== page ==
It is also in the Murray-Darling outlets in New Zealand, the Orange River of South Africa, and the Indus basin. By contrast, approximately 300 million people are exposed to additional flood risk due to the occurrence of ARs.

Areas with increased flood exposure are California, the Mississippi basin, the Parana River, the Iberian Peninsula, southern Iran, the Amur and Yangtze Rivers, and the Murray-Darling basins. The study suggests that improved understanding, modelling and prediction of how ARs influence hydrometeorological variability will benefit water managers, flood forecasters, and civil protection authorities.

Forecasting the Impacts of Atmospheric Rivers

Detecting atmospheric rivers in satellite observations has been challenging in the past due to the lack of information about a meteorological variable, the wind.

The study, “Evaluating the Representations of Atmospheric Rivers and Their Associated Precipitation in Reanalyses With Satellite Observations,” published in JGR Atmospheres on November 2023, presented results when they obtained an approximation of the three-dimensional wind field (3D) based on the spatial distribution of the temperature detected by the satellites. Combining the 3D wind data with the humidity observed by the satellite, the research team created a method to detect atmospheric rivers through satellite observations for the first time.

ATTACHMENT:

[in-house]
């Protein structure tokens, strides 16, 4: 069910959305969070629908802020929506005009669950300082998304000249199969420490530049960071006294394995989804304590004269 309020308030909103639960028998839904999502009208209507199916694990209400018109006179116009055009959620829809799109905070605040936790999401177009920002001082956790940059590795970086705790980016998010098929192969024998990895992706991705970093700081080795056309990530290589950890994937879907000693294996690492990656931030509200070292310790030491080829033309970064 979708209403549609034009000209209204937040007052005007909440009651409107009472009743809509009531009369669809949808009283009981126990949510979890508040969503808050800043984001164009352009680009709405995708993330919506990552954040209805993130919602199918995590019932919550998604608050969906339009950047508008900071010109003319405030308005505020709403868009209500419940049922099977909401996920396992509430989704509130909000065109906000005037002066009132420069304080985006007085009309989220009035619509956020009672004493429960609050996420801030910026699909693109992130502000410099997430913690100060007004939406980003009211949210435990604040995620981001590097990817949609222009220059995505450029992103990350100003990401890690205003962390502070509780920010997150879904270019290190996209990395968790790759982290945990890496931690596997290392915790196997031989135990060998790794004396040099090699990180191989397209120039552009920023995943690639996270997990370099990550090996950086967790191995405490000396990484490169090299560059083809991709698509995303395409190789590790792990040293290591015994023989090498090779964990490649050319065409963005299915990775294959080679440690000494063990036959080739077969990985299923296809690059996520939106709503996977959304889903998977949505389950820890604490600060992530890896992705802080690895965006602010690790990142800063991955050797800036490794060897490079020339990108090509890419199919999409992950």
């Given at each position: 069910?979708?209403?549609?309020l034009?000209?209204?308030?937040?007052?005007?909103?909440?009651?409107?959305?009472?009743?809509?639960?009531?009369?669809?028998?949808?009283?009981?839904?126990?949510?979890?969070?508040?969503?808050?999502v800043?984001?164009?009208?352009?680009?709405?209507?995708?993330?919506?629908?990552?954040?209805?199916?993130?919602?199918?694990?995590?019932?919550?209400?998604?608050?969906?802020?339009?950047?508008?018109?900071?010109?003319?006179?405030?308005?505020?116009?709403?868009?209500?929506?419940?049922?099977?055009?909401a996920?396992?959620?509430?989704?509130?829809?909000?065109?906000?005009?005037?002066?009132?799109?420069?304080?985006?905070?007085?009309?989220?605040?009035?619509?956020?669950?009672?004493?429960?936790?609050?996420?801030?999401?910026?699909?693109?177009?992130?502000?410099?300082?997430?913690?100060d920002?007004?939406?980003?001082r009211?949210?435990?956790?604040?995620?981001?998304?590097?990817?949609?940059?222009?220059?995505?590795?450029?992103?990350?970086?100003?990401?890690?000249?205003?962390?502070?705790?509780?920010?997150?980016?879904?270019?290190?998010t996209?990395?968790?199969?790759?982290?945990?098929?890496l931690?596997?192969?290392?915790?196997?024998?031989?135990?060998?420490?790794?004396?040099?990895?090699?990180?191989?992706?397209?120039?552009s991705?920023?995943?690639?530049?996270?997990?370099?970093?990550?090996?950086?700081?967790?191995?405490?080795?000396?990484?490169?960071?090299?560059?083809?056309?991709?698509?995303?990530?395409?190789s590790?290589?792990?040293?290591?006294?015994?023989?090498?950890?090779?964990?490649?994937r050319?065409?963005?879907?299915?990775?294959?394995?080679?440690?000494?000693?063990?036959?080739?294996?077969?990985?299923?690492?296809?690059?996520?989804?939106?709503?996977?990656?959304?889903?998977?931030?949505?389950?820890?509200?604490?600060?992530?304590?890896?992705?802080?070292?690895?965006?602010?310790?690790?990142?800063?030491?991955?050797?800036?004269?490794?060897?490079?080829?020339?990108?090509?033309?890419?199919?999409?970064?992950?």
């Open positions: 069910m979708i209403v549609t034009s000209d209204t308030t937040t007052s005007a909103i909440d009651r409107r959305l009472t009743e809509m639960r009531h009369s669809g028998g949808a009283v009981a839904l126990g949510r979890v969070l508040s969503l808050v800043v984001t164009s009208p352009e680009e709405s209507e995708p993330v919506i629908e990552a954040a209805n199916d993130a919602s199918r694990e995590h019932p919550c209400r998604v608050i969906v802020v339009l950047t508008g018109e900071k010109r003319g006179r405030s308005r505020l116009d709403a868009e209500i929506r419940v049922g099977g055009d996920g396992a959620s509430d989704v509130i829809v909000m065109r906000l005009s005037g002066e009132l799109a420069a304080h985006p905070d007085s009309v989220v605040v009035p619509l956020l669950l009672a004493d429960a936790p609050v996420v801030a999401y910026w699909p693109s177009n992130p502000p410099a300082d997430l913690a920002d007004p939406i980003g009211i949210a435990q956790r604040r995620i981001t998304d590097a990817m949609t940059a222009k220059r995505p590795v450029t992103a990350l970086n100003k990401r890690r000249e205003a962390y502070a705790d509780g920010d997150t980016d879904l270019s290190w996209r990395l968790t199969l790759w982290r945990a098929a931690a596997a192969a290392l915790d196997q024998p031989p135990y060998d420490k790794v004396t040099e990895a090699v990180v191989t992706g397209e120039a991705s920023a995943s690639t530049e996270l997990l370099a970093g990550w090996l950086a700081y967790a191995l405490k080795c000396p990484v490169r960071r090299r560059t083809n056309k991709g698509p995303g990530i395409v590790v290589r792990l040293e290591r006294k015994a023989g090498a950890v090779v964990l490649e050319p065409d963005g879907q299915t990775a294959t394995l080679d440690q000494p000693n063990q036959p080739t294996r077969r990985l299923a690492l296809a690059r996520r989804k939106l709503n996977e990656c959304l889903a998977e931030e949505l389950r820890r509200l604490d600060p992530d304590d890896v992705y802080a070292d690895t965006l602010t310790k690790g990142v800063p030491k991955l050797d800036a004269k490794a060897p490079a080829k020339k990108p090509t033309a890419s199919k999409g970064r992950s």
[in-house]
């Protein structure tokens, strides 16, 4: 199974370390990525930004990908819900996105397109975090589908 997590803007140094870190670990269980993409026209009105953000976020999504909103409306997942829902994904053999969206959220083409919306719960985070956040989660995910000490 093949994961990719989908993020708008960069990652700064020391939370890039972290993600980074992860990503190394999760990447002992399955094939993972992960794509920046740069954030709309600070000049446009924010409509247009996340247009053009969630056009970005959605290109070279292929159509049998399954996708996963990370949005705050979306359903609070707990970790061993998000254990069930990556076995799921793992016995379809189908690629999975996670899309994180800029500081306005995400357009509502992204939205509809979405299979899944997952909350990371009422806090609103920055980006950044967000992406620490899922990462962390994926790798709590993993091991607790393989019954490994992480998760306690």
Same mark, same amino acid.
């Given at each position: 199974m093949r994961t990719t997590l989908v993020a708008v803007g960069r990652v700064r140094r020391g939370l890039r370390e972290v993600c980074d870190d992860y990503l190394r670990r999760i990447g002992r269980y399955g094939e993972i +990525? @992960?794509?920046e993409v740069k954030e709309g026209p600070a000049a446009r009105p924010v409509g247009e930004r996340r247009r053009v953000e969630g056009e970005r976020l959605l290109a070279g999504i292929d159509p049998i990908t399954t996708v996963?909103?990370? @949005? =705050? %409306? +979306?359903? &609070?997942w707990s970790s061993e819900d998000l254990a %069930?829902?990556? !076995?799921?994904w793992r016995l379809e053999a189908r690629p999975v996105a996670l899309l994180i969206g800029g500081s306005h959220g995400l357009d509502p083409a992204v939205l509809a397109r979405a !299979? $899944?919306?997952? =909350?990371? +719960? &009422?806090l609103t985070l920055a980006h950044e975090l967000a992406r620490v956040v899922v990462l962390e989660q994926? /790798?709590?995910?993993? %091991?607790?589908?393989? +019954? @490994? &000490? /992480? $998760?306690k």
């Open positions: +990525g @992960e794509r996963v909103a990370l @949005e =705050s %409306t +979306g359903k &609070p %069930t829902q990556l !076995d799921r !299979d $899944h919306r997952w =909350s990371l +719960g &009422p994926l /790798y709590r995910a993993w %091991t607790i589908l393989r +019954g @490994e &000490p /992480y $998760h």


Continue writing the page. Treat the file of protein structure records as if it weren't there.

They developed a novel method to detect atmospheric rivers (ARs) using moisture and wind data from satellite observations. In the past, researchers relied heavily on reanalysis to study atmospheric rivers to arrive at a complete picture of past weather and climate. By comparing reanalysis data to satellite observations, the study aims to evaluate the accuracy of these models in simulating atmospheric rivers and their impacts on precipitation.


Rivers in the Sky: 6 Facts You Should Know about Atmospheric Rivers. (2021, December 14). USGS. Retrieved from

Atmospheric Rivers. (2022, November 30). Earth Data. Retrieved from

Atmospheric Rivers Hit West Coast. (2023, January 25). National Environmental Satellite, Data, and Information Service. Retrieved from,(3%20km)%20in%20depth.

Paltan, H., Waliser, D., Lim, W. H., Guan, B., Yamazaki, D., Pant, R., & Dadson, S. (2017). Global floods and water availability driven by atmospheric rivers. Geophysical Research Letters,44,10,387–10,395.

Detecting atmospheric rivers with satellite observations. (2024, February 19). Phys.Org. Retrieved from

Weiming, M., et al. (2023). Evaluating the Representations of Atmospheric Rivers and Their Associated Precipitation in Reanalyses With Satellite Observations. Journal of Geophysical Research: Atmospheres. DOI: 10.1029/2023JD038937

Reid, K. (2022, August 4). Atmospheric rivers in Australia. Climate Extremes. Retrieved from

Dettinger, M. D. (2013). Atmospheric rivers as drought busters on the US West Coast. Journal of Hydrometeorology14(6), 1721-1732.